That is truly correct! The poor people of this country has been continuously marginalised by our own people on top and foreigners in collaboration with our well off. We are definitely sitting on a time bomb…its a matter of time. Only a week ago, I came across a two youths at Erima “Block” shopping centre were chased out by a chinese trader at his shop, I don’t know what happened inside but the two ran out and one pulled out a sword type long knife out of his back pushed down a six pocket trousers and shouted back to the Chinese ” Yu lukim, mi karim kaekae blo yu, yu kam ronim mi arasait na bae yu kisim! Em ples blo yu yah!! The two youths were angry and while walking out of the main gate, they kept on creaming back at the Chinese, “Nex taem mi lukim yu” My body shivered and I didn’t wanted to do any shopping there and drove off with my family because everybody there were stearing just waiting for something to happen! God bless this Country and its suffering people!!

  2. ToPam
    September 18, 2013 at 1:37 pm

    I concur with the comments. I just dont understand why the elites and politicians of the resourceful nation are squandering millions and millions of kina out of the coffers, while the simple people are suffering and trying their best, day in day out to make ends meet by the end of the day. These elite predators collaborate with their Chinese or whatever nationality they are, to do business under a suspicious arrangement to make big money for themselves. And truly to the word, the simple people are fed up with all these garbage and as you rightfully said, it only takes one to strike the match, and everything will go up in flames.

  3. Tony Flynn
    September 30, 2013 at 6:50 am

    With no support, I have been fighting IPA since the days of NIDA in 1991 to try to get that useless body to take action against the influx of Asians into what were, in those days, illegal activities. The IPA staffs, some of them decent people, were drifting with no direction from their politically appointed directors. Promotion and Regulation under one roof! What a joke – on the people of PNG!! Our esteemed Minister for SME would be well advised to start the separation of Regulation from Promotion ASAP. Even under the present unsatisfactory arrangements something could be done about the two Asians operating stores in Bulolo without Licenses in stores built on Customary Land. There are plenty of regulations at hand; there is a drive to maus wara and no drive to action. I advised Mau Morobe to take action against Asians in illegal stores, nating, they would have been first in line to take over the vacated stores. It must never be forgotten that it was a Morobean Council and staff who issued the licences against the provisions of the Investment Promotion Act and Regulations of those days. The Directors of IPA are still a lot of useless time servers whose main requirement is to partake of cocktails with influential investors; bugger the struggling PNG entrepreneurs.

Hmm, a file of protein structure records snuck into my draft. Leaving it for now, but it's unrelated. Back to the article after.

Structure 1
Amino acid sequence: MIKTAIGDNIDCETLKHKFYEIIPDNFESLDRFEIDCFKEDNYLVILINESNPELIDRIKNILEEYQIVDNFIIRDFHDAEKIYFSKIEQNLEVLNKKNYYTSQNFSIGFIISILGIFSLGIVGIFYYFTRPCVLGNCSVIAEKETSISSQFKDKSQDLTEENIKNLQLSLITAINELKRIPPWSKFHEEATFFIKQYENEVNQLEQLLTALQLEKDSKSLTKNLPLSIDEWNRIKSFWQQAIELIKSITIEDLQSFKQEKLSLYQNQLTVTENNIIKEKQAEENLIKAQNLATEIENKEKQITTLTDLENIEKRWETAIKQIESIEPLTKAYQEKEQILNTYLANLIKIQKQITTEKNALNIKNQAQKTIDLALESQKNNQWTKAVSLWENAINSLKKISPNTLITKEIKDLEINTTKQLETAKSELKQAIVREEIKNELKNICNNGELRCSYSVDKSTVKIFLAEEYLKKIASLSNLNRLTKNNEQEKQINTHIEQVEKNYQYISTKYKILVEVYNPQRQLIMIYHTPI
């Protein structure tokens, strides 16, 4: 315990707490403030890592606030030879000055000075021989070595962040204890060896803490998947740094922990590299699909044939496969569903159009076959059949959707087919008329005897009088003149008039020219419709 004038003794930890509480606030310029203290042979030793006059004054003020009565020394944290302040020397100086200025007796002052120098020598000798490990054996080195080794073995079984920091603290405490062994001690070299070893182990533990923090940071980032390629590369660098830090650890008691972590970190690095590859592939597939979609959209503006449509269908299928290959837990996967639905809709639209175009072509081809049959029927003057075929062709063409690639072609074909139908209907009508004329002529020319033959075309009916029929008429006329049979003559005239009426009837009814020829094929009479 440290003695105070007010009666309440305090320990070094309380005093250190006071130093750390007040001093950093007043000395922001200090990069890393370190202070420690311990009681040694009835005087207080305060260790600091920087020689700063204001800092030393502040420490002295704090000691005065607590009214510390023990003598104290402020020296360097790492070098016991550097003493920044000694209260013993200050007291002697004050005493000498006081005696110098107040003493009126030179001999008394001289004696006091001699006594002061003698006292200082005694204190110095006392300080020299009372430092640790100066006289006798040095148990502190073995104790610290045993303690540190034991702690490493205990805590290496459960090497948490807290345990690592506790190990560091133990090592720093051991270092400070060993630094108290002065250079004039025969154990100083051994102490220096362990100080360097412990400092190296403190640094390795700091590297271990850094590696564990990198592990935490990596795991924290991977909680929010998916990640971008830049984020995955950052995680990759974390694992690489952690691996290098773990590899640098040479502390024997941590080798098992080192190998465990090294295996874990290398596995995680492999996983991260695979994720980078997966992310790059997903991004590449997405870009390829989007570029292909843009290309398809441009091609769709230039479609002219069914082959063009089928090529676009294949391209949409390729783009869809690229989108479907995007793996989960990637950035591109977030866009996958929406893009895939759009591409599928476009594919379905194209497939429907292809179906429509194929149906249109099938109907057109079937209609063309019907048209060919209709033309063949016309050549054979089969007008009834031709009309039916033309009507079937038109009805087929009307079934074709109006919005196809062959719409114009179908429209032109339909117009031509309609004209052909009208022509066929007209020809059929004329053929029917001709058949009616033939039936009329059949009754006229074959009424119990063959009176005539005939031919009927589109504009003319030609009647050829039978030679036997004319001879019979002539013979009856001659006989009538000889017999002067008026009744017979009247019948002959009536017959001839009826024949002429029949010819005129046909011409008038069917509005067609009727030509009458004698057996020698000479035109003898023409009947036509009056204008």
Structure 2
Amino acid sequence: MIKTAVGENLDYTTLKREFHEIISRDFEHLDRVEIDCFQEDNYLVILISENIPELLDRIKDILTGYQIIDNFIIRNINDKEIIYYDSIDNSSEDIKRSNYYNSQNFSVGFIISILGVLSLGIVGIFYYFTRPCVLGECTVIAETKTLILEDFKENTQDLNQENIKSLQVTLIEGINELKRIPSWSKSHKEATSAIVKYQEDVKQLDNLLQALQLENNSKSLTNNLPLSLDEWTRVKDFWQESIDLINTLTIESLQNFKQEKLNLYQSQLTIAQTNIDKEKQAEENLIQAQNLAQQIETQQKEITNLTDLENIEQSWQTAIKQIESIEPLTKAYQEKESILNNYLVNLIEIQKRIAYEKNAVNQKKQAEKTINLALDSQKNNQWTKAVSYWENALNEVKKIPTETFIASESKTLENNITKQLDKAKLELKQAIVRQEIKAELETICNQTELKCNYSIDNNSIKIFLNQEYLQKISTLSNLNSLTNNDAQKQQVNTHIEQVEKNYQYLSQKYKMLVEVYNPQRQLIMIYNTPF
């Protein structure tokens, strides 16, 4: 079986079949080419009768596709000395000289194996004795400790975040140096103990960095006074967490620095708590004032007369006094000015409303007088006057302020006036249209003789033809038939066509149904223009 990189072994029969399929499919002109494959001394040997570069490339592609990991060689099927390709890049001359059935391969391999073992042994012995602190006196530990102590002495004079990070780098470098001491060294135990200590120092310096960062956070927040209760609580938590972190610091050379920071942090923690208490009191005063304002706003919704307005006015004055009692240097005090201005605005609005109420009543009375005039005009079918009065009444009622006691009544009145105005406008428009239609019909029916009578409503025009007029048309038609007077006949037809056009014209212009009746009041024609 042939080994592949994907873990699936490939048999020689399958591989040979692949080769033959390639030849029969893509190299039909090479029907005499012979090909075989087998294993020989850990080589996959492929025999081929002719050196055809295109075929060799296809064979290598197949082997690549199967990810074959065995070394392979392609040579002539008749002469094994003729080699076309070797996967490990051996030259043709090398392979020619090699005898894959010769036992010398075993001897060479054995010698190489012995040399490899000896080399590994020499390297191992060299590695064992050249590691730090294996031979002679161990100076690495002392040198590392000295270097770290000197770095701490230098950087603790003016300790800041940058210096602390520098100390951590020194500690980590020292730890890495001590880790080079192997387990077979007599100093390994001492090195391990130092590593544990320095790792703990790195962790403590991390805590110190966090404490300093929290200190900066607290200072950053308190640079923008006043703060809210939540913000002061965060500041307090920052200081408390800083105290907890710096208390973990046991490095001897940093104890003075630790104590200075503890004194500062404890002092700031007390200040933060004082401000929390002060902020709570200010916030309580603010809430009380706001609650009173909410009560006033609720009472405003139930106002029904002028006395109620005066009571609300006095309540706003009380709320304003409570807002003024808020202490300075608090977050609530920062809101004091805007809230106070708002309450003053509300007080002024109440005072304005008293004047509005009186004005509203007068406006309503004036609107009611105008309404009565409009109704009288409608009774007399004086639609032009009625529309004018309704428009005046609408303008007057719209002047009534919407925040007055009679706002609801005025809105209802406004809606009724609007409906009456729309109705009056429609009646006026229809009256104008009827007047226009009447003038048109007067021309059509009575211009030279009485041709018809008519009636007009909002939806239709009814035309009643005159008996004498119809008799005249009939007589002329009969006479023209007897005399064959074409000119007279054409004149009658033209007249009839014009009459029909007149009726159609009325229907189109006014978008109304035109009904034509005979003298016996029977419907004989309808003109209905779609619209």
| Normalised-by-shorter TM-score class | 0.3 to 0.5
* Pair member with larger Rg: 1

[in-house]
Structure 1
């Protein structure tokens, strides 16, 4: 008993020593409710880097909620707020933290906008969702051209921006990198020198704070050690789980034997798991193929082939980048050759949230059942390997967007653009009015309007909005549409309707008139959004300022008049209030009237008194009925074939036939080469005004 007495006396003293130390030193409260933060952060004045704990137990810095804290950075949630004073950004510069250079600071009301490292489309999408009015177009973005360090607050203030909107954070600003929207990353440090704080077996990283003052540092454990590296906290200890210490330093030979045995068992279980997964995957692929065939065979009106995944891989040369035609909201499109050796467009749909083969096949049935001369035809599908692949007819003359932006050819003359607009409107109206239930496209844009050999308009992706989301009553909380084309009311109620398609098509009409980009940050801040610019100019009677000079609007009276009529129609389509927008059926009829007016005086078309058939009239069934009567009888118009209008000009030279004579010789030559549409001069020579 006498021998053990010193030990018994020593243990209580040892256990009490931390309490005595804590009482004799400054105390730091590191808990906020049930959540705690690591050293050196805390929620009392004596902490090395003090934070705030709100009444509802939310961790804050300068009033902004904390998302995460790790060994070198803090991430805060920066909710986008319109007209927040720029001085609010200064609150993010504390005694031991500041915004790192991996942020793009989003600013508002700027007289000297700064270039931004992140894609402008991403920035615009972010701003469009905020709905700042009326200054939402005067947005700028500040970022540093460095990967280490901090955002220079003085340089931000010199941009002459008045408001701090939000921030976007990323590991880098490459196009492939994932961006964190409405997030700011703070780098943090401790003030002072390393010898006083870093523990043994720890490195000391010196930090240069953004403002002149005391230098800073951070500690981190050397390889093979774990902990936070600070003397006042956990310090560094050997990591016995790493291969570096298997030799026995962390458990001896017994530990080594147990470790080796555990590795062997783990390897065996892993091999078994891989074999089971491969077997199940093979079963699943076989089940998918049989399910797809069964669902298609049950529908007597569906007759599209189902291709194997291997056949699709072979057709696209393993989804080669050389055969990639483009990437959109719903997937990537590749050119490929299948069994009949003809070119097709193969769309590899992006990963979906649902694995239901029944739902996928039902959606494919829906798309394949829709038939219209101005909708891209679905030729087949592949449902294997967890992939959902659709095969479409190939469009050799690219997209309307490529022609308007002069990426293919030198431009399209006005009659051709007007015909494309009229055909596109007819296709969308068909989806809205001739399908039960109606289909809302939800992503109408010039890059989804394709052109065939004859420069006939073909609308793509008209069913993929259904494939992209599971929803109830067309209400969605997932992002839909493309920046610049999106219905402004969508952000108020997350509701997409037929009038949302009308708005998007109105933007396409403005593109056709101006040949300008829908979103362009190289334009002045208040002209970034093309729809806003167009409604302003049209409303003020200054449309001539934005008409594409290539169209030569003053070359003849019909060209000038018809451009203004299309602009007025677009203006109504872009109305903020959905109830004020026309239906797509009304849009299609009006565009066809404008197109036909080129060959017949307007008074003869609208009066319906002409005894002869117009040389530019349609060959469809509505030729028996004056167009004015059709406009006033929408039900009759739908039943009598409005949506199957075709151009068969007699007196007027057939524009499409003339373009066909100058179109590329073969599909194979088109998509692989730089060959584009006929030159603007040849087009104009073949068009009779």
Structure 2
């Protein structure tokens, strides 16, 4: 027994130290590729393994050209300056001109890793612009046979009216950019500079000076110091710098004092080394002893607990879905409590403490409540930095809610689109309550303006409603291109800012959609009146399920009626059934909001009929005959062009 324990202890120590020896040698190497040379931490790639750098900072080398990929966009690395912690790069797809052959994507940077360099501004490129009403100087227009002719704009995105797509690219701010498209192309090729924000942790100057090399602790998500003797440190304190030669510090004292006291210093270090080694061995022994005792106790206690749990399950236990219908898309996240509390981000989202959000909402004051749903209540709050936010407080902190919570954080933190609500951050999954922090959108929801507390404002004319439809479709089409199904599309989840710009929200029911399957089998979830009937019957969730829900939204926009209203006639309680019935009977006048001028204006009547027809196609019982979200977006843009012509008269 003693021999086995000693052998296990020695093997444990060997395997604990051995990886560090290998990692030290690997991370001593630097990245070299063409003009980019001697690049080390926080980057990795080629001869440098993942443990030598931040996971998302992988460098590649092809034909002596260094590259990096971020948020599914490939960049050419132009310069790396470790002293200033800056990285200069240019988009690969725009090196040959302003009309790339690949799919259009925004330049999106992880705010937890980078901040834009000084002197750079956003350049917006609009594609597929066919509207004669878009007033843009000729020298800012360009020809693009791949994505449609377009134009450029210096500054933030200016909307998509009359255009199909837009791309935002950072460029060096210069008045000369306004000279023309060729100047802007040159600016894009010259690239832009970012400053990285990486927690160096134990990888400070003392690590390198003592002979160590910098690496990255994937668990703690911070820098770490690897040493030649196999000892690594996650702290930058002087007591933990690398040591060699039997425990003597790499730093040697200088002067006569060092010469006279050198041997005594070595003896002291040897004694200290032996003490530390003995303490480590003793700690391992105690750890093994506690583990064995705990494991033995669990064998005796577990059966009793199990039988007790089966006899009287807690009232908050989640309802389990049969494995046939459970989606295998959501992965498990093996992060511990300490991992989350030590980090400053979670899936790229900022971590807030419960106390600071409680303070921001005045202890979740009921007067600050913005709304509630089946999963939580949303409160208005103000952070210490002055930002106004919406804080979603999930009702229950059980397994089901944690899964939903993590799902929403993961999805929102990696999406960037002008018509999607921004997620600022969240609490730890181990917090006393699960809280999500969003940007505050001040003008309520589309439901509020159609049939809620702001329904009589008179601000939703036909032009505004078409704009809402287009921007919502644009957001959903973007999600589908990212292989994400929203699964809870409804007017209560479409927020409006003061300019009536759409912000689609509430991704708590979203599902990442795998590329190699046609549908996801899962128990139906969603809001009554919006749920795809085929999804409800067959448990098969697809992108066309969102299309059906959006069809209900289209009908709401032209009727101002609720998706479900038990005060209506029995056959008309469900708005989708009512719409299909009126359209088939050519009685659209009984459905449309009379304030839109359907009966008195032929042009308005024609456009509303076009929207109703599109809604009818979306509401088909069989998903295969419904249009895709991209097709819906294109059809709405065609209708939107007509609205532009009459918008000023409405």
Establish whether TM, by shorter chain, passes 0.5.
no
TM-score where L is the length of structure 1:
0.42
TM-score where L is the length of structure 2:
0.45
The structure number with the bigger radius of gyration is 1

Strike a match, warm your body and feelings for a little while; the future will be exactly the same. Just a blip in the exploitation of PNG. Asians don’t care they; have plenty more. How many less Asians are there in LAE after the riots; there are many more. The Black Cat – tourism should be a small part, an important part, but nevertheless should be a small part of the economic life of PNG. It should not be an occupation that could be a life threatening competition for the tourist dollar, the only dollar available to those youths. Quite often some tourists treat PNG as a visit to the zoo; there are the performers; there is the scenery. The effect on the locals is to drive some deeper into despair at the gulf between what the tourist represents and the village life/ existence. Our future lies with the economic betterment of our millions of subsistence farmers.
    Tony Flynn